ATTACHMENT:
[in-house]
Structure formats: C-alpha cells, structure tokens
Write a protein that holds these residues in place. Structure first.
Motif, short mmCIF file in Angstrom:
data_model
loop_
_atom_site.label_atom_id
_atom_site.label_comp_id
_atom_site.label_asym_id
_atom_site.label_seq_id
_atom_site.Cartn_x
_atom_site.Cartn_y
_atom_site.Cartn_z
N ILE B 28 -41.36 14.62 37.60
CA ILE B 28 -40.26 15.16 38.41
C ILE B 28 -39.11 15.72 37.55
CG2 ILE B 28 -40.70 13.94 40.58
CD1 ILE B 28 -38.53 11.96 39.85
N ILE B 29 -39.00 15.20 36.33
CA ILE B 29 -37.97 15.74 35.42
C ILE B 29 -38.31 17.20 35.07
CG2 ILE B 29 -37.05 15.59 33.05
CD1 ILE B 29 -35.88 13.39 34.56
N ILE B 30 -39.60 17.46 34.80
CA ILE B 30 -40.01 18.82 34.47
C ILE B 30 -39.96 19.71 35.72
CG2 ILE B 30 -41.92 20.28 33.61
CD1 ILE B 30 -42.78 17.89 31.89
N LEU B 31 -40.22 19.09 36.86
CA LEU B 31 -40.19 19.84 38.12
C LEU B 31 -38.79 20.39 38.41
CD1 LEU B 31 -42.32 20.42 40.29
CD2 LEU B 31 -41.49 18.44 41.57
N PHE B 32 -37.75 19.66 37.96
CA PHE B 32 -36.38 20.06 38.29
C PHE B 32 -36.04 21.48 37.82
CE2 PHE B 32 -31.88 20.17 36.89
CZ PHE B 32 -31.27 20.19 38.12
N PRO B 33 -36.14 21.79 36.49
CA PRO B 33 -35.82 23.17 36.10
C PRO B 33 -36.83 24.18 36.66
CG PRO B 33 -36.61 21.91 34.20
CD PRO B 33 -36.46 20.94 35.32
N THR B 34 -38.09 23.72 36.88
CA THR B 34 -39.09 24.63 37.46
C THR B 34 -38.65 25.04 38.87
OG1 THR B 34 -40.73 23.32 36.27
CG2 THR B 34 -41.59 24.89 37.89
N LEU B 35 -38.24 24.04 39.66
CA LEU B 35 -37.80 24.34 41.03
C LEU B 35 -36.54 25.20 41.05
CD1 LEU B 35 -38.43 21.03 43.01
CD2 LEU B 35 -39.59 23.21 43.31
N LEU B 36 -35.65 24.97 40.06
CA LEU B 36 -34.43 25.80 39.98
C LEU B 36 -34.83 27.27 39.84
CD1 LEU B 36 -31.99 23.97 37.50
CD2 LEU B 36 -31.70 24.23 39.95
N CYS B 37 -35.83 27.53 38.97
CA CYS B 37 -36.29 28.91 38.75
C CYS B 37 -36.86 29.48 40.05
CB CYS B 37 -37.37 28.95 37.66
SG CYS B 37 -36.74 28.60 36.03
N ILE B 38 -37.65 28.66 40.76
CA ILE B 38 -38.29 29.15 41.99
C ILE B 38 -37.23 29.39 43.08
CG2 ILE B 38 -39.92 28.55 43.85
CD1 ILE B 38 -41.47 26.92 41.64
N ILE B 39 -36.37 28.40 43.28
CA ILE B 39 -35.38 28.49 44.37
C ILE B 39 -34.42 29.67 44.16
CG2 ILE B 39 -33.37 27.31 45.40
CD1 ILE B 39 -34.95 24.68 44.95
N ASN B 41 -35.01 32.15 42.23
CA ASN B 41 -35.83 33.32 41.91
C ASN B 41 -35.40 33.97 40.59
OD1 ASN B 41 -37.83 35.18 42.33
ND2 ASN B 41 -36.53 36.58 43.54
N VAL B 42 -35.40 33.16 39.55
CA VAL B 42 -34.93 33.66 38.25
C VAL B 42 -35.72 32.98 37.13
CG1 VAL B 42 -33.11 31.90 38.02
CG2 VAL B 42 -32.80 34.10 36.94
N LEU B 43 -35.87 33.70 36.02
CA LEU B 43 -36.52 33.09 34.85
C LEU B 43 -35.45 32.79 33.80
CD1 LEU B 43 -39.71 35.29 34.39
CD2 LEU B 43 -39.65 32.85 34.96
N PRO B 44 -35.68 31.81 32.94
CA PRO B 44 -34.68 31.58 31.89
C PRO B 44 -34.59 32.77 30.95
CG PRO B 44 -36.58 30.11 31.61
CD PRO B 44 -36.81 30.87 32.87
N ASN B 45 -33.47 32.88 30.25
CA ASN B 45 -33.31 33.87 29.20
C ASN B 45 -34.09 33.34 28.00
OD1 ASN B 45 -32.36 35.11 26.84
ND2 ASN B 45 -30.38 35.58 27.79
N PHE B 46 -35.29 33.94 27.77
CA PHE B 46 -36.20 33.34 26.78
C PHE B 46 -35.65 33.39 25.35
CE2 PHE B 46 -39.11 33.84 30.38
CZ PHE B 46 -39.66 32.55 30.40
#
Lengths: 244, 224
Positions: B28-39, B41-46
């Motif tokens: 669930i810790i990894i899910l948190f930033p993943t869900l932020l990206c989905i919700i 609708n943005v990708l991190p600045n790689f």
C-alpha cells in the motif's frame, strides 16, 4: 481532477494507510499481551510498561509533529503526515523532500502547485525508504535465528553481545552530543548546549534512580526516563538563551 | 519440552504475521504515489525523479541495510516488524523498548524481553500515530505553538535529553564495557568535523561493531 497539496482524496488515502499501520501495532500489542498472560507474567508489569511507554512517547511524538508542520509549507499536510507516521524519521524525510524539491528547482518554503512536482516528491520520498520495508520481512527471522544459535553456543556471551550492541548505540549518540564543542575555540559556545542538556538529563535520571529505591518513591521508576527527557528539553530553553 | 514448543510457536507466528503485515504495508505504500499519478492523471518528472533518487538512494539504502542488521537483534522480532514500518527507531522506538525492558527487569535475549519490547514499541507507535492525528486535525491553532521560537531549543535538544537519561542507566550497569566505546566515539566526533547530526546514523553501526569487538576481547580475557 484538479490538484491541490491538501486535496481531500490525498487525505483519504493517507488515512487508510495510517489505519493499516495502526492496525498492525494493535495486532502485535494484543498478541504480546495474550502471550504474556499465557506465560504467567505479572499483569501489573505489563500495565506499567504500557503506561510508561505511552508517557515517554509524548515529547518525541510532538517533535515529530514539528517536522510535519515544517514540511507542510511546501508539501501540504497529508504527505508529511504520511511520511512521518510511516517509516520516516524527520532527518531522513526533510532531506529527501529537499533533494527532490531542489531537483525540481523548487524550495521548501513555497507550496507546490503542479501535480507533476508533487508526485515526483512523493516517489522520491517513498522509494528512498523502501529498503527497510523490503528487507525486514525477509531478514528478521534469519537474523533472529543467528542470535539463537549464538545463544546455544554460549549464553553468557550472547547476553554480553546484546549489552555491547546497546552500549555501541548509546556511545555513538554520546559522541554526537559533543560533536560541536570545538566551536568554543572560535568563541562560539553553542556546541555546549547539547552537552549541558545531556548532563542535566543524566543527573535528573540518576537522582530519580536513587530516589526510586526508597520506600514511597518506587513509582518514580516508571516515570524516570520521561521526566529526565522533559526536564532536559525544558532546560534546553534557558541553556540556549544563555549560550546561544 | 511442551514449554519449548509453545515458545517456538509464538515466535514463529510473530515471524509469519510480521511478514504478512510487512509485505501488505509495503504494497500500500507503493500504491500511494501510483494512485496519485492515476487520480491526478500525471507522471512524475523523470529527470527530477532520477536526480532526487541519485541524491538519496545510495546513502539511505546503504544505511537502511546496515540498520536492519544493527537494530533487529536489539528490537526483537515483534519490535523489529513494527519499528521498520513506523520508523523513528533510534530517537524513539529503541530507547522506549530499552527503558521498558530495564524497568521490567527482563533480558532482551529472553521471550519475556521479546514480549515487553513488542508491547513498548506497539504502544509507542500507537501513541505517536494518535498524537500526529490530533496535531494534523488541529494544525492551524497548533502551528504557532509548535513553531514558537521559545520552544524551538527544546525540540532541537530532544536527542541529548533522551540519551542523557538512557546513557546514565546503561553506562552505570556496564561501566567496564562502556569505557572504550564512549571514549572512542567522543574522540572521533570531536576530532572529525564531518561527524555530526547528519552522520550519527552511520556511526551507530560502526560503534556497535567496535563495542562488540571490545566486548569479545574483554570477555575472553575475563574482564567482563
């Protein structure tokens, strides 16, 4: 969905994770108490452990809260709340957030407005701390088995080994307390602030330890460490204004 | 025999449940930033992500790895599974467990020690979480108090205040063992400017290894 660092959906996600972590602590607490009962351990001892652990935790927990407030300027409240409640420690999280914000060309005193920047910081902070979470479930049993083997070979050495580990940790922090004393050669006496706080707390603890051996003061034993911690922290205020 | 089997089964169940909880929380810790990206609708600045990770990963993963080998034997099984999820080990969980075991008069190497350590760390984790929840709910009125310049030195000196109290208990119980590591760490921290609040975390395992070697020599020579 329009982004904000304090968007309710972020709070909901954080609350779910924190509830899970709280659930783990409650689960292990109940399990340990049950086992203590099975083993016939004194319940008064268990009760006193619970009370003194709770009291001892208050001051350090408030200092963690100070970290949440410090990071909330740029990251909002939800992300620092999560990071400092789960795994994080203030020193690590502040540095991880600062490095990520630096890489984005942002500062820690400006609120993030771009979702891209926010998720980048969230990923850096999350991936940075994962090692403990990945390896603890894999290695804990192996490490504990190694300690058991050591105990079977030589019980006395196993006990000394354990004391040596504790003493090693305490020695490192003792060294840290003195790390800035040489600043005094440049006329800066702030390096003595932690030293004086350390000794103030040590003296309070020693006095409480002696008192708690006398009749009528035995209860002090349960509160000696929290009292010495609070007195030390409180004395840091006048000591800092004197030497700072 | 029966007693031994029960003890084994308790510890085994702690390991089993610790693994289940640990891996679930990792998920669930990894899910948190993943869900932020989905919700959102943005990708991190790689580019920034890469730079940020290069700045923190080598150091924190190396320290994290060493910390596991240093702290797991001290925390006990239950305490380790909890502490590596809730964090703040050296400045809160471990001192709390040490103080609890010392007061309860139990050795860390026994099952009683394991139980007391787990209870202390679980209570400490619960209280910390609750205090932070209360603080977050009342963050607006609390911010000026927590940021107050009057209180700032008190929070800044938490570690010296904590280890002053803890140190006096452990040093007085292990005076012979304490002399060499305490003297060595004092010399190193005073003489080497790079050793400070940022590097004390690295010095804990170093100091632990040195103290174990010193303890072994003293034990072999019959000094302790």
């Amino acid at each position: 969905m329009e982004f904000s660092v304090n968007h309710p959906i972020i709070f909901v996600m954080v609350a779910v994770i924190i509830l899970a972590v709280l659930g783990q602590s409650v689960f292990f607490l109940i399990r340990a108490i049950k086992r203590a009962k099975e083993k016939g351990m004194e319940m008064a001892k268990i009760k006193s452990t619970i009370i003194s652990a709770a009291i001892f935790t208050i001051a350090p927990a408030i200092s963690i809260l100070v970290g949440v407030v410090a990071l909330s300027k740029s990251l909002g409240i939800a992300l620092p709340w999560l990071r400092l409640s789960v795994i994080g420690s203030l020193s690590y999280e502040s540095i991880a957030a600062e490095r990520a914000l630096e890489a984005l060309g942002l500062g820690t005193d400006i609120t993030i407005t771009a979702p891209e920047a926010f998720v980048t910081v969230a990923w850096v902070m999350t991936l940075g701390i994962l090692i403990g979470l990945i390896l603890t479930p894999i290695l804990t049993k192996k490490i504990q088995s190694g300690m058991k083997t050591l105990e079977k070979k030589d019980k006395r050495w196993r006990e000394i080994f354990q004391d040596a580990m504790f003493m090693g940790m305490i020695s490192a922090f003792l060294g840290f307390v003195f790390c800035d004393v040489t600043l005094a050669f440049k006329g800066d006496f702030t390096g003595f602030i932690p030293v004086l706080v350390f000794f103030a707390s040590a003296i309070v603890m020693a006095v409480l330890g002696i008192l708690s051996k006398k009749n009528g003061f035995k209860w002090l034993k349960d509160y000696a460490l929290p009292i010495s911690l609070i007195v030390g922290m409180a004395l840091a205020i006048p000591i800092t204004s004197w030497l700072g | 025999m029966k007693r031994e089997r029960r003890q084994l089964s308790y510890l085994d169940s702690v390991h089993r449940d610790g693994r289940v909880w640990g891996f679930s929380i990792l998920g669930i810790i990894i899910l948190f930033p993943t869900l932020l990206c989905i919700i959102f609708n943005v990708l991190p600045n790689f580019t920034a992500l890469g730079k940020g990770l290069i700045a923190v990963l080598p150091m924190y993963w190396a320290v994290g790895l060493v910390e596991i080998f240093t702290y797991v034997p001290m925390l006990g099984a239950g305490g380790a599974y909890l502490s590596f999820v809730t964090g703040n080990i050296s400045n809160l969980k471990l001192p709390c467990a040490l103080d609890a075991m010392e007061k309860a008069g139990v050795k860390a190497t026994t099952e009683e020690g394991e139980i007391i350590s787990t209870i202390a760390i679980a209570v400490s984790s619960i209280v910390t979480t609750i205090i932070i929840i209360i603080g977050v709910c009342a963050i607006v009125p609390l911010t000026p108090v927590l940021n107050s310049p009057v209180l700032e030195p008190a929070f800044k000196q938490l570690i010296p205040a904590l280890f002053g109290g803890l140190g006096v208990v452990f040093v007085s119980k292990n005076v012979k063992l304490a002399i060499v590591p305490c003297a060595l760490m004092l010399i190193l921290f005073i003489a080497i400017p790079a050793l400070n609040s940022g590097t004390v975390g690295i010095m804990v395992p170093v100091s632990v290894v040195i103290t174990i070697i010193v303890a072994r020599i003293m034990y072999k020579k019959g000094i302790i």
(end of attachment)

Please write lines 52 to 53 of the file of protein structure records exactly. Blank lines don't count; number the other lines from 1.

CD1 LEU B 35 -38.43 21.03 43.01
CD2 LEU B 35 -39.59 23.21 43.31